Stubborn Dieter, however, refuses to give in, even as his escape scheme foments distrust and disharmony among his fellow prisoners. Gene is made especially anxious by Dieter’s troublemaking, and their quarrels are often absurd. For a short while, the film turns into a part-antic, part-awful riff on Hogan’s Heroes, the prisoners devising makeshift spyglasses and picking their shackle locks when they’re left alone, then pretending to be restrained when the guards come back around. Dieter comes up with a specific plan for escape — assignments for each prisoner, to grab weapons and take out guards — and the men begin to hoard their rice, planning to carry it with them out into the jungle.
As they plan and argue, they also grow weaker by the day, starvation and illness taking their tolls. When the guards hand them bowls of maggots to eat in lieu of diminishing supplies, Duane gags, though he’s plainly starving to death. Dieter, by contrast, his face gaunt and ribs exposed (Bale looking nearly as wasted as he did for The Machinist) digs in, resolved to exhibit his strength and force back his own doubts. At this point, given their completely dire circumstances, Dieter’s performance seems equally sincere and false. As much as he believes in himself and hates his enemies (and so stays alive to exact a kind of vengeance), he’s also putting on a show for his comrades now, encouraging Duane not to give up, understanding himself as part of a group, not only independent and inviolate.
By turns exciting and disturbing, Rescue Dawn showcases Herzog’s signature interests in moral ambiguities and emotional adversities. Based on the same true story he documented in 1997’s Little Dieter Needs to Fly (the real Dengler died in 2001), Rescue Dawn refers subtly but repeatedly to questionable US policy. It opens with an allusion to the Gulf of Tonkin, location of one of the most ignominious “incidents” in US history, and closes with an abstract affirmation of faith (“You gotta believe in something!”, asserts the admiral who sent Dieter forth with no guarantee of support or even recognition).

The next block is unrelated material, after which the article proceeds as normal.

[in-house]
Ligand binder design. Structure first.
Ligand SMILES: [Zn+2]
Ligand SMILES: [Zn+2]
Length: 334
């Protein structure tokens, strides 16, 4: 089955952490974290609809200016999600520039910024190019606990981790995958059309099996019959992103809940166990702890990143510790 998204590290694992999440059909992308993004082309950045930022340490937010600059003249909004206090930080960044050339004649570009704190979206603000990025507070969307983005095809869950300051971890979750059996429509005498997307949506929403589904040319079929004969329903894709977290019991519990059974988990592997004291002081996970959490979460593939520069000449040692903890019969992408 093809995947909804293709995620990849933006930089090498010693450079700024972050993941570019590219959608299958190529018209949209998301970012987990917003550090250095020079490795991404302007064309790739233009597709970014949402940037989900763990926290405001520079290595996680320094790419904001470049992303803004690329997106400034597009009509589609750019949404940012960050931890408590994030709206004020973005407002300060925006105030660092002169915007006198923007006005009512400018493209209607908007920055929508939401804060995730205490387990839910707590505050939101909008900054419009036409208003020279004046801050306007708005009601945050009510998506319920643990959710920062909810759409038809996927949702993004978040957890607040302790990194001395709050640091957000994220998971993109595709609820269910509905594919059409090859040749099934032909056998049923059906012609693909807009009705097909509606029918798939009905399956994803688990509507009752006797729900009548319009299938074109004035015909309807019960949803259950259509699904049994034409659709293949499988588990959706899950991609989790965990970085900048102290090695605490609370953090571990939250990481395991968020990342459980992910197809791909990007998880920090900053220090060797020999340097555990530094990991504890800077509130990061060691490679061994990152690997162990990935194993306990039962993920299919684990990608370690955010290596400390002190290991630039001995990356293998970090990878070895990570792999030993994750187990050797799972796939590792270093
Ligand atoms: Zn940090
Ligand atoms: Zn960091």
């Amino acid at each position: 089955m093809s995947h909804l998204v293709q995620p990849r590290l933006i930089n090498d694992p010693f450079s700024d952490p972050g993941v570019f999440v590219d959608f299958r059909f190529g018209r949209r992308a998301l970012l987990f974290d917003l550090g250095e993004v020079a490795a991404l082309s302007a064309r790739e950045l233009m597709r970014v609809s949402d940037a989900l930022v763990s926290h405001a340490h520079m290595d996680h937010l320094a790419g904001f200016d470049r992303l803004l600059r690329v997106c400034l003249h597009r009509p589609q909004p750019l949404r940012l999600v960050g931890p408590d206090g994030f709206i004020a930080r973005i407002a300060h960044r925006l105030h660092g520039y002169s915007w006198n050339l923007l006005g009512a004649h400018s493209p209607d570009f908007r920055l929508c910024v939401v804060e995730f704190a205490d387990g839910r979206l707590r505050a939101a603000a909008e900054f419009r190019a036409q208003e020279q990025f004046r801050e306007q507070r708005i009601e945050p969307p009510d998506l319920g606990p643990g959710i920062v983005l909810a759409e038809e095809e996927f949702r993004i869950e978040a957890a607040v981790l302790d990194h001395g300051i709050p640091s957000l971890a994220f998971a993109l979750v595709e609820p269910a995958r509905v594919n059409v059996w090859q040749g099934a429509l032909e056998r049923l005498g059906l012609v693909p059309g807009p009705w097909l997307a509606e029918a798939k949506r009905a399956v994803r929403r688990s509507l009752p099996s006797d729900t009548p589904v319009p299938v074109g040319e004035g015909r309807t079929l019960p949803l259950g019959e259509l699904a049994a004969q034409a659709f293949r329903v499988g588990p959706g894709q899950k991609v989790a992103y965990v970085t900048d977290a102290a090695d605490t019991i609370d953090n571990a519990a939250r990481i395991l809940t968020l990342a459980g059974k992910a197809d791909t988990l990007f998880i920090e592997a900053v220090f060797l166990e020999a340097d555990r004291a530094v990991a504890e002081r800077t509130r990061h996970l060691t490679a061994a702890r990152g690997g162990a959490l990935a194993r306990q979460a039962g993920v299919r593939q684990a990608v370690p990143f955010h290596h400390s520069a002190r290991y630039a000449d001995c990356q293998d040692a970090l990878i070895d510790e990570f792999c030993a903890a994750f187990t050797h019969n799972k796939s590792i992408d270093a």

The time in between — the prison camp, Dieter and Duane’s struggles to survive in the jungle — is more visceral than historical or conceptual. The jungle is often beautiful, rendered in breathtaking wide shots, while close shots of bruised and emaciated bodies or the dark, tight space of the group cell, are surely disturbing. Beyond such resonant images, however, lie the complexities of imprisonment, intimacy, and illicitness. While the guards look implacable to the prisoners, Rescue Dawn remembers as well that the Vietnam War comprised any number of dreadful, dishonest activities, by all sides. That said, the movie’s individual portraits — especially the intimate, often strange relationship that develops between Dieter and Duane — are poignant and engrossing. If its subject matter is timely, its complications are ongoing.